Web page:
But the longer I am here, the more I realise the crisis by scarcely populated bars and restaurants, specially late at night. Instead though street life is vivid with folks wandering around with bottled or canned drinks until midnight. If you really go into town, you can experience live street music by DJ’s, left-wingers posting anti-fascist billboards, old ladies feeding cats, a politically activist youth, people hanging out and talking, playing football, just being together. For me as an outsider, It is confusing to witness such scenery in the middle of a crisis ridden country with little hope.
As much as I tried to feel being made „responsible“ during many meetings or random encounters, I cannot get such impression. The Greek society is redefining itself and most have no choice, there is no option, no alternative. Suicide is t no option though Greece has maybe the highest suicide rate within the EU.
Being strongly submitted to real-life Darwinism, all are trying to cope with their individual fate. Small businesses find new possibilities through finding more and more opportunities. Young people peacefully hanging out in parks and places. Certainly spending less, but nevertheless being outside and enjoying life.
A hotel in the anarchist area of the town impresses you with many different things to discover as spending your time in a classy hotel anywhere. For sure, the local business here moans about recent riots, but to a certain extent, isn’t that also an integral part of any metropolis, and specially Athens with such size and history?
Talking about history. The country and Athens has a long stretching history of 3.000 years exceeding. There were many up’s and down’s. And Greece will manage this crisis. After a decline rising is the only option. Can it get worse? You may not believe in economic cycles, but this is the case.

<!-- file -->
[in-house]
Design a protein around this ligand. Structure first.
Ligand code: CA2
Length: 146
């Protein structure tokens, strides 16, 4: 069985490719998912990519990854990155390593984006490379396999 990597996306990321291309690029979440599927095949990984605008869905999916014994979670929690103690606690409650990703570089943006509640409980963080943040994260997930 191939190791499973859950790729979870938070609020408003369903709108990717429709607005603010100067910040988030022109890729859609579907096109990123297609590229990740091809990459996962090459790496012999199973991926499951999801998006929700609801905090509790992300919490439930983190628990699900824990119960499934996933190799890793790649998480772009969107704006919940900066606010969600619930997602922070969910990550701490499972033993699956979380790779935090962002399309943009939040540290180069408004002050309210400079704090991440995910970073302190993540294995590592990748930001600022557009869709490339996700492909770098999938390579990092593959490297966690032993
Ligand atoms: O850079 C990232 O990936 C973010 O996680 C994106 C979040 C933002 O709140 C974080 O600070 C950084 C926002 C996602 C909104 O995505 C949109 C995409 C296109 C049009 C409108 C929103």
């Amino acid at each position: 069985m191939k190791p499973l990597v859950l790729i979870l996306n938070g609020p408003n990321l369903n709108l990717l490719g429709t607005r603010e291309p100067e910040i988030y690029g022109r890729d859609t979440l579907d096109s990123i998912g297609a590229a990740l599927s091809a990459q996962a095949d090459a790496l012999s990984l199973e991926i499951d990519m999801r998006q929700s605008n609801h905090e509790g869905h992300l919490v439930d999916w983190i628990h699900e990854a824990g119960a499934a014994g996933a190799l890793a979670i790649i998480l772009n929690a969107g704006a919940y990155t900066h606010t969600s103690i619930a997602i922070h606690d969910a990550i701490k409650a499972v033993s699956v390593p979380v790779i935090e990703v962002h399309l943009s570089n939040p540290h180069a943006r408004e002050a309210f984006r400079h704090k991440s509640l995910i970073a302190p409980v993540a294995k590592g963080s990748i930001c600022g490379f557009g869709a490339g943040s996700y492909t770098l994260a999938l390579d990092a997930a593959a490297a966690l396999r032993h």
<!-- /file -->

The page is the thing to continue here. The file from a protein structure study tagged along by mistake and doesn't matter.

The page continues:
During my stay I criss-crossed the town several times and I am more than impressed to see modern architecture next to building as old as the entire history. Check the Acropolis, the Olympic Stadium, the many statues, portals and much else. I cannot get enough in realising, how varying Europe is, how much history we have, how different one place to the other.
Personally I don’t care much the Greek islands, but you go to Delphi, Meteora, the Olymp, the Vikos Gorge or Halkidiki and you can just be amazed about this country. This country drowns in history. And let’s not forget: democracy was born here. Not in Germany, not in the States, not anywhere else. It was born here. And this is why we should cherish this country and giving it all chances and possibilities to stand upright again and become a fully respect member of the world community.
I want to say, notwithstanding all inconveniences and problems, I was always greeted with hospitality and gratitude for giving them a chance and support to develop and regaining some kind of optimistic and constructive future prospect they can be proud of. And this country well deserves this.